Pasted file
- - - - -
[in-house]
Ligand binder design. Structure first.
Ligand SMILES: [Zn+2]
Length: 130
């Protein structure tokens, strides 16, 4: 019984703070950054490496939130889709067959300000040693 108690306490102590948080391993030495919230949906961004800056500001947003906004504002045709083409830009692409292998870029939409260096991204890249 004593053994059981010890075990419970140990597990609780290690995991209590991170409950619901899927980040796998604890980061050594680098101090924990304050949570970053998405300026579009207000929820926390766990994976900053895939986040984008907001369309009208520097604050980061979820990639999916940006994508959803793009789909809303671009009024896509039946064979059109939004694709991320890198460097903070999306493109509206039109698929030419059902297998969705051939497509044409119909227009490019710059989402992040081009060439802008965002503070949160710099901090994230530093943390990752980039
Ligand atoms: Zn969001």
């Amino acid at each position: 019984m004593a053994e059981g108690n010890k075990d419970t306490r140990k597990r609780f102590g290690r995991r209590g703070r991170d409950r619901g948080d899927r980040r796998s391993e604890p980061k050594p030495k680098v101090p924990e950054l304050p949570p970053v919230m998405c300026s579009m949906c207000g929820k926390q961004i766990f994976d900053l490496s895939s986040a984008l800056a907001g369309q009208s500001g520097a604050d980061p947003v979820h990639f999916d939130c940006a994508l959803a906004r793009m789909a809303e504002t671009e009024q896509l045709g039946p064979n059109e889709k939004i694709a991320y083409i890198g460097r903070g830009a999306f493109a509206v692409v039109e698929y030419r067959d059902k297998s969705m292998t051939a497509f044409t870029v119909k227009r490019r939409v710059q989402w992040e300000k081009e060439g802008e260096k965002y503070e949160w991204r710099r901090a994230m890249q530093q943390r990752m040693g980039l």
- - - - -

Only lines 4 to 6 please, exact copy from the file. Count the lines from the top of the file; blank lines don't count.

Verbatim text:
Length: 130
């Protein structure tokens, strides 16, 4: 019984703070950054490496939130889709067959300000040693 108690306490102590948080391993030495919230949906961004800056500001947003906004504002045709083409830009692409292998870029939409260096991204890249 004593053994059981010890075990419970140990597990609780290690995991209590991170409950619901899927980040796998604890980061050594680098101090924990304050949570970053998405300026579009207000929820926390766990994976900053895939986040984008907001369309009208520097604050980061979820990639999916940006994508959803793009789909809303671009009024896509039946064979059109939004694709991320890198460097903070999306493109509206039109698929030419059902297998969705051939497509044409119909227009490019710059989402992040081009060439802008965002503070949160710099901090994230530093943390990752980039
Ligand atoms: Zn969001």